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European ash is a significant tree commercially, ecologically, and culturally. It is currently
threatened by two invasive species, the fungus that causes ash dieback and
Conifers are commonly planted in North America to provide year-round screening, as windbreaks or as focal trees in the landscape.
Oak decline is a slow-acting disease complex that involves the interaction of biotic and abiotic factors such as climate, site quality and advancing tree age.
Interception of potential invasive species at ports-of-entry is essential for effective biosecurity
and biosurveillance programs. However, taxonomic assessment of the immature stages
Iconic tree species include those native trees that once dominated the typical American city landscape. The American elm and chestnut are the first two that come to mind, and now ash trees are similarly under significant threat of loss.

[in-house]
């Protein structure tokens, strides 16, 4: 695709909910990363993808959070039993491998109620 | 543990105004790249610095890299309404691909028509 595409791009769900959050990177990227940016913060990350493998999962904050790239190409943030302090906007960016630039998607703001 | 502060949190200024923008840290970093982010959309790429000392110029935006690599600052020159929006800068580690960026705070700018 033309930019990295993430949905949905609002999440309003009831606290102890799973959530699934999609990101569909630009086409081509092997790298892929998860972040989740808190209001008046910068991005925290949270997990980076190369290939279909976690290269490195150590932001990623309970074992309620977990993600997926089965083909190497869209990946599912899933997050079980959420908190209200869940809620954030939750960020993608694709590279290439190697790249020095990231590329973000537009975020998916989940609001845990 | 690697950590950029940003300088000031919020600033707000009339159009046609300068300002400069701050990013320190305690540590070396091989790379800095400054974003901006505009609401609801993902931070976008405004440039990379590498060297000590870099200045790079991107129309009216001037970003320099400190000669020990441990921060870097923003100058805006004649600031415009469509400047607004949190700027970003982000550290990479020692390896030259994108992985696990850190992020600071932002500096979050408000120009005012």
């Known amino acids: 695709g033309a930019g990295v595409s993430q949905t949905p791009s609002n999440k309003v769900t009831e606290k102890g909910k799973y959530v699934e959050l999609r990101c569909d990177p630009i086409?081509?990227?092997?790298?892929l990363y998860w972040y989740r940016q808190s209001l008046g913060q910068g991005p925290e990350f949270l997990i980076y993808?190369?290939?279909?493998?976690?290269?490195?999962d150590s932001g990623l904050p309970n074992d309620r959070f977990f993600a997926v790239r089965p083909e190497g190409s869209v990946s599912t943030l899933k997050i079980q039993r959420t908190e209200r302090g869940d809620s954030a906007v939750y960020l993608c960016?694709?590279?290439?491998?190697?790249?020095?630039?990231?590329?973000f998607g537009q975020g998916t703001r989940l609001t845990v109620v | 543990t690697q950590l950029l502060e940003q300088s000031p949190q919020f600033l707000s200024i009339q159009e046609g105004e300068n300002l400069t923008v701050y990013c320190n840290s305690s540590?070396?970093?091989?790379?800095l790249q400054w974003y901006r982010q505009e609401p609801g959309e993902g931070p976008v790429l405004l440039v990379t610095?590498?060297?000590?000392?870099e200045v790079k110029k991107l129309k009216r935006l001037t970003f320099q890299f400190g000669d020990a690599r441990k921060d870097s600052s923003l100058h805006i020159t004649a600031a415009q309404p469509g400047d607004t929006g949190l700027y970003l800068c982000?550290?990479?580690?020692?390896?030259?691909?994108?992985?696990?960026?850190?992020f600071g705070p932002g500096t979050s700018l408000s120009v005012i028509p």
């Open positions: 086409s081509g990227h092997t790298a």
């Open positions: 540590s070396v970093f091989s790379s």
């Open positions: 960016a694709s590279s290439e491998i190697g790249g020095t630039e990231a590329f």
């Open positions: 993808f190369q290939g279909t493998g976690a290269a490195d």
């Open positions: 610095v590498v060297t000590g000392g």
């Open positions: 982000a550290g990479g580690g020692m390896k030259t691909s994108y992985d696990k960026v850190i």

Ice or snow loads can cause branch breakage or failure of entire trees and shrubs. Branches or entire trees that fall in storms can impact homes, vehicles, power lines and block roads.
Intensively managed landscapes, like those found in many public gardens, attempt to mitigate the impact of significant weather events through irrigation, improving soil characteristics, and mulching.
In August 2008, a dangerous pest, the nonnative, invasive Asian longhorned beetle, was discovered in Worcester County, Massachusetts.
- Many exotic plant pests and pathogens are unknown prior to their establishment, making prevention and management difficult.
The invasive hemlock woolly adelgid (HWA) has decimated hemlock stands across much of the eastern United States, and presents a significant threat to all eastern hemlock in Canada across Ontario, Quebec, New Brunswick, Nova Scotia, and Prince Edward Isl